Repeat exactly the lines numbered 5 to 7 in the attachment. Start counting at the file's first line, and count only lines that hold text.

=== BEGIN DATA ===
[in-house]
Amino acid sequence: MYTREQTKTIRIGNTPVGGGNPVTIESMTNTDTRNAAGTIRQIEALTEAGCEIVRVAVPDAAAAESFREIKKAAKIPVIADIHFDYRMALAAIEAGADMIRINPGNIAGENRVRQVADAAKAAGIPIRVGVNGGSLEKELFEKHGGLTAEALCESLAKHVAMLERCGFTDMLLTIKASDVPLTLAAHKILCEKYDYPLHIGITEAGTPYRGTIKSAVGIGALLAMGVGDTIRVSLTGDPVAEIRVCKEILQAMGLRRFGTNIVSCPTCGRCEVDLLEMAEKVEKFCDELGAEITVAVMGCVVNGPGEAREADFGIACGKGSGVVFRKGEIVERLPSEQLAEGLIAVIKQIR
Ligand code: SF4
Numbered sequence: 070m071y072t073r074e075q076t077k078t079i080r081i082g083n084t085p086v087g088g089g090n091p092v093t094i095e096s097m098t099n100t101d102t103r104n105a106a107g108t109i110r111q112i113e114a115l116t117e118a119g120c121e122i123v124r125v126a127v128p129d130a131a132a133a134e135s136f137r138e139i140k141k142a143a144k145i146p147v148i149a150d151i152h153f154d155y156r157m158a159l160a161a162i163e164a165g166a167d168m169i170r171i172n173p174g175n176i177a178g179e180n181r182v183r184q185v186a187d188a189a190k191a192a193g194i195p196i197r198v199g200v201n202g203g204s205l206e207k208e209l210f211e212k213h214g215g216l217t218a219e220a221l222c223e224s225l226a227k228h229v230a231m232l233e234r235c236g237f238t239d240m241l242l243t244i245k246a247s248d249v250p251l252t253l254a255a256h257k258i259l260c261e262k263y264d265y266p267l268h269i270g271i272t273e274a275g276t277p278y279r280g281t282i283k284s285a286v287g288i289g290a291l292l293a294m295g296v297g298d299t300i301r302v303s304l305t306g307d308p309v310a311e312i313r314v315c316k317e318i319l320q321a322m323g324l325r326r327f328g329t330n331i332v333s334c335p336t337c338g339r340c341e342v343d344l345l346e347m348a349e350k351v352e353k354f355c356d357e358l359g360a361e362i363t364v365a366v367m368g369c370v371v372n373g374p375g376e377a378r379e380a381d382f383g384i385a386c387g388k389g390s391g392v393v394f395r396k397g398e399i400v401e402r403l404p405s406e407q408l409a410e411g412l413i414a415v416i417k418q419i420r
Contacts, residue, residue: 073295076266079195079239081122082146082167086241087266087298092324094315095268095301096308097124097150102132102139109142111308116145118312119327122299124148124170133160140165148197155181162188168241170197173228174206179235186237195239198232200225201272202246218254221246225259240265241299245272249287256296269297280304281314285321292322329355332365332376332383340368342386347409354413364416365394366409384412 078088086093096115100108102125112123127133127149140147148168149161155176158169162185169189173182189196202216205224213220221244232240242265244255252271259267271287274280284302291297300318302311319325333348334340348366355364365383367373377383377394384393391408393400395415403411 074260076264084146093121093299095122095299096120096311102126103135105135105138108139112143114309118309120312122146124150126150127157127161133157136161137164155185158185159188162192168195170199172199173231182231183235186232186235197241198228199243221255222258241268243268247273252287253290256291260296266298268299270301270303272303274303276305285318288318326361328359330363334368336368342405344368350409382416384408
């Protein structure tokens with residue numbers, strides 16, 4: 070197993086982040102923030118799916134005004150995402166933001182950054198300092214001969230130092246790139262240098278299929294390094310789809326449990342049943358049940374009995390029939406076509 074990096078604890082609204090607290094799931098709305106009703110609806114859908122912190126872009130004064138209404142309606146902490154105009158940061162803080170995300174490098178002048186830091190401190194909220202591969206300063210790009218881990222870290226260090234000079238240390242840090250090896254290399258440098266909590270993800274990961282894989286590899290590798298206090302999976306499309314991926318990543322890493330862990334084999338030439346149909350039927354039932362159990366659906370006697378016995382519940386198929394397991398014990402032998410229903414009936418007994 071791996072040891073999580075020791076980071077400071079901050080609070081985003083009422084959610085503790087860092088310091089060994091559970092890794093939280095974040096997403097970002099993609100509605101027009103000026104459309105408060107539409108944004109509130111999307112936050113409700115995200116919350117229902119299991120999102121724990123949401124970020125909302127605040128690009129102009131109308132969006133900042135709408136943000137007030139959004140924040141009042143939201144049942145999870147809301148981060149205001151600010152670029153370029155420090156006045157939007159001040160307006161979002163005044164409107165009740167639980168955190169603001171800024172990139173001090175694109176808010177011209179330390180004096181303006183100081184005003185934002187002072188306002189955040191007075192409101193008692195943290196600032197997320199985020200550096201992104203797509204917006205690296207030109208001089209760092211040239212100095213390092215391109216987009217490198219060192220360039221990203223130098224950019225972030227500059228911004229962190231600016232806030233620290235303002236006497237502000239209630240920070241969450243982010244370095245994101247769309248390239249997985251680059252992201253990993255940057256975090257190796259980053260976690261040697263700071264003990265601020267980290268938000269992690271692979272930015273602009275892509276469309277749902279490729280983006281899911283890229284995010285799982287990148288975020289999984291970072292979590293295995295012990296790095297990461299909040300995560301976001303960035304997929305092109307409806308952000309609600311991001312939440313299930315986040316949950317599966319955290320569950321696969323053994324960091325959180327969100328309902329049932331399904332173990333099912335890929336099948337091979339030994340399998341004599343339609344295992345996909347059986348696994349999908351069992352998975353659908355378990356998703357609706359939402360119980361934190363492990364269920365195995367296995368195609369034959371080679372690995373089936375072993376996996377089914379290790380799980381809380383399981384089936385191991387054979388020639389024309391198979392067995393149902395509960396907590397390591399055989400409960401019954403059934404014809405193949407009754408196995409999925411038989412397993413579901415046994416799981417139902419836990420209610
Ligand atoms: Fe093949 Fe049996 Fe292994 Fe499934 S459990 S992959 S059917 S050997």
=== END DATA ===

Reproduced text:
Contacts, residue, residue: 073295076266079195079239081122082146082167086241087266087298092324094315095268095301096308097124097150102132102139109142111308116145118312119327122299124148124170133160140165148197155181162188168241170197173228174206179235186237195239198232200225201272202246218254221246225259240265241299245272249287256296269297280304281314285321292322329355332365332376332383340368342386347409354413364416365394366409384412 078088086093096115100108102125112123127133127149140147148168149161155176158169162185169189173182189196202216205224213220221244232240242265244255252271259267271287274280284302291297300318302311319325333348334340348366355364365383367373377383377394384393391408393400395415403411 074260076264084146093121093299095122095299096120096311102126103135105135105138108139112143114309118309120312122146124150126150127157127161133157136161137164155185158185159188162192168195170199172199173231182231183235186232186235197241198228199243221255222258241268243268247273252287253290256291260296266298268299270301270303272303274303276305285318288318326361328359330363334368336368342405344368350409382416384408
């Protein structure tokens with residue numbers, strides 16, 4: 070197993086982040102923030118799916134005004150995402166933001182950054198300092214001969230130092246790139262240098278299929294390094310789809326449990342049943358049940374009995390029939406076509 074990096078604890082609204090607290094799931098709305106009703110609806114859908122912190126872009130004064138209404142309606146902490154105009158940061162803080170995300174490098178002048186830091190401190194909220202591969206300063210790009218881990222870290226260090234000079238240390242840090250090896254290399258440098266909590270993800274990961282894989286590899290590798298206090302999976306499309314991926318990543322890493330862990334084999338030439346149909350039927354039932362159990366659906370006697378016995382519940386198929394397991398014990402032998410229903414009936418007994 071791996072040891073999580075020791076980071077400071079901050080609070081985003083009422084959610085503790087860092088310091089060994091559970092890794093939280095974040096997403097970002099993609100509605101027009103000026104459309105408060107539409108944004109509130111999307112936050113409700115995200116919350117229902119299991120999102121724990123949401124970020125909302127605040128690009129102009131109308132969006133900042135709408136943000137007030139959004140924040141009042143939201144049942145999870147809301148981060149205001151600010152670029153370029155420090156006045157939007159001040160307006161979002163005044164409107165009740167639980168955190169603001171800024172990139173001090175694109176808010177011209179330390180004096181303006183100081184005003185934002187002072188306002189955040191007075192409101193008692195943290196600032197997320199985020200550096201992104203797509204917006205690296207030109208001089209760092211040239212100095213390092215391109216987009217490198219060192220360039221990203223130098224950019225972030227500059228911004229962190231600016232806030233620290235303002236006497237502000239209630240920070241969450243982010244370095245994101247769309248390239249997985251680059252992201253990993255940057256975090257190796259980053260976690261040697263700071264003990265601020267980290268938000269992690271692979272930015273602009275892509276469309277749902279490729280983006281899911283890229284995010285799982287990148288975020289999984291970072292979590293295995295012990296790095297990461299909040300995560301976001303960035304997929305092109307409806308952000309609600311991001312939440313299930315986040316949950317599966319955290320569950321696969323053994324960091325959180327969100328309902329049932331399904332173990333099912335890929336099948337091979339030994340399998341004599343339609344295992345996909347059986348696994349999908351069992352998975353659908355378990356998703357609706359939402360119980361934190363492990364269920365195995367296995368195609369034959371080679372690995373089936375072993376996996377089914379290790380799980381809380383399981384089936385191991387054979388020639389024309391198979392067995393149902395509960396907590397390591399055989400409960401019954403059934404014809405193949407009754408196995409999925411038989412397993413579901415046994416799981417139902419836990420209610
Ligand atoms: Fe093949 Fe049996 Fe292994 Fe499934 S459990 S992959 S059917 S050997």